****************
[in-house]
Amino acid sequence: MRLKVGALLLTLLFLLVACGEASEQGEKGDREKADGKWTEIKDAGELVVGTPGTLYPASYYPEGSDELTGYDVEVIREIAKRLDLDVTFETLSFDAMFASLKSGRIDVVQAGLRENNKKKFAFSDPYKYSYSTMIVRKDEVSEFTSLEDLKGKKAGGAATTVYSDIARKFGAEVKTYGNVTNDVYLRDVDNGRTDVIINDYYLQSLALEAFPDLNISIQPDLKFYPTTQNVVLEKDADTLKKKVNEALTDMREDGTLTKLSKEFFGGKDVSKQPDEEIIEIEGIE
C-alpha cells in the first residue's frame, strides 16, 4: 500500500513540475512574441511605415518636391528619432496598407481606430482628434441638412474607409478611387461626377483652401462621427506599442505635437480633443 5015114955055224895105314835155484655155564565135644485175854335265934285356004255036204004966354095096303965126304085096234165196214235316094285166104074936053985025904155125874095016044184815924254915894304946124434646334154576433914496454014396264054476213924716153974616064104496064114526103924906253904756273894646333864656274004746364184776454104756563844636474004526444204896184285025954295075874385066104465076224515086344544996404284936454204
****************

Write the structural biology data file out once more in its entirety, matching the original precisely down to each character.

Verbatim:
[in-house]
Amino acid sequence: MRLKVGALLLTLLFLLVACGEASEQGEKGDREKADGKWTEIKDAGELVVGTPGTLYPASYYPEGSDELTGYDVEVIREIAKRLDLDVTFETLSFDAMFASLKSGRIDVVQAGLRENNKKKFAFSDPYKYSYSTMIVRKDEVSEFTSLEDLKGKKAGGAATTVYSDIARKFGAEVKTYGNVTNDVYLRDVDNGRTDVIINDYYLQSLALEAFPDLNISIQPDLKFYPTTQNVVLEKDADTLKKKVNEALTDMREDGTLTKLSKEFFGGKDVSKQPDEEIIEIEGIE
C-alpha cells in the first residue's frame, strides 16, 4: 500500500513540475512574441511605415518636391528619432496598407481606430482628434441638412474607409478611387461626377483652401462621427506599442505635437480633443 5015114955055224895105314835155484655155564565135644485175854335265934285356004255036204004966354095096303965126304085096234165196214235316094285166104074936053985025904155125874095016044184815924254915894304946124434646334154576433914496454014396264054476213924716153974616064104496064114526103924906253904756273894646333864656274004746364184776454104756563844636474004526444204896184285025954295075874385066104465076224515086344544996404284936454204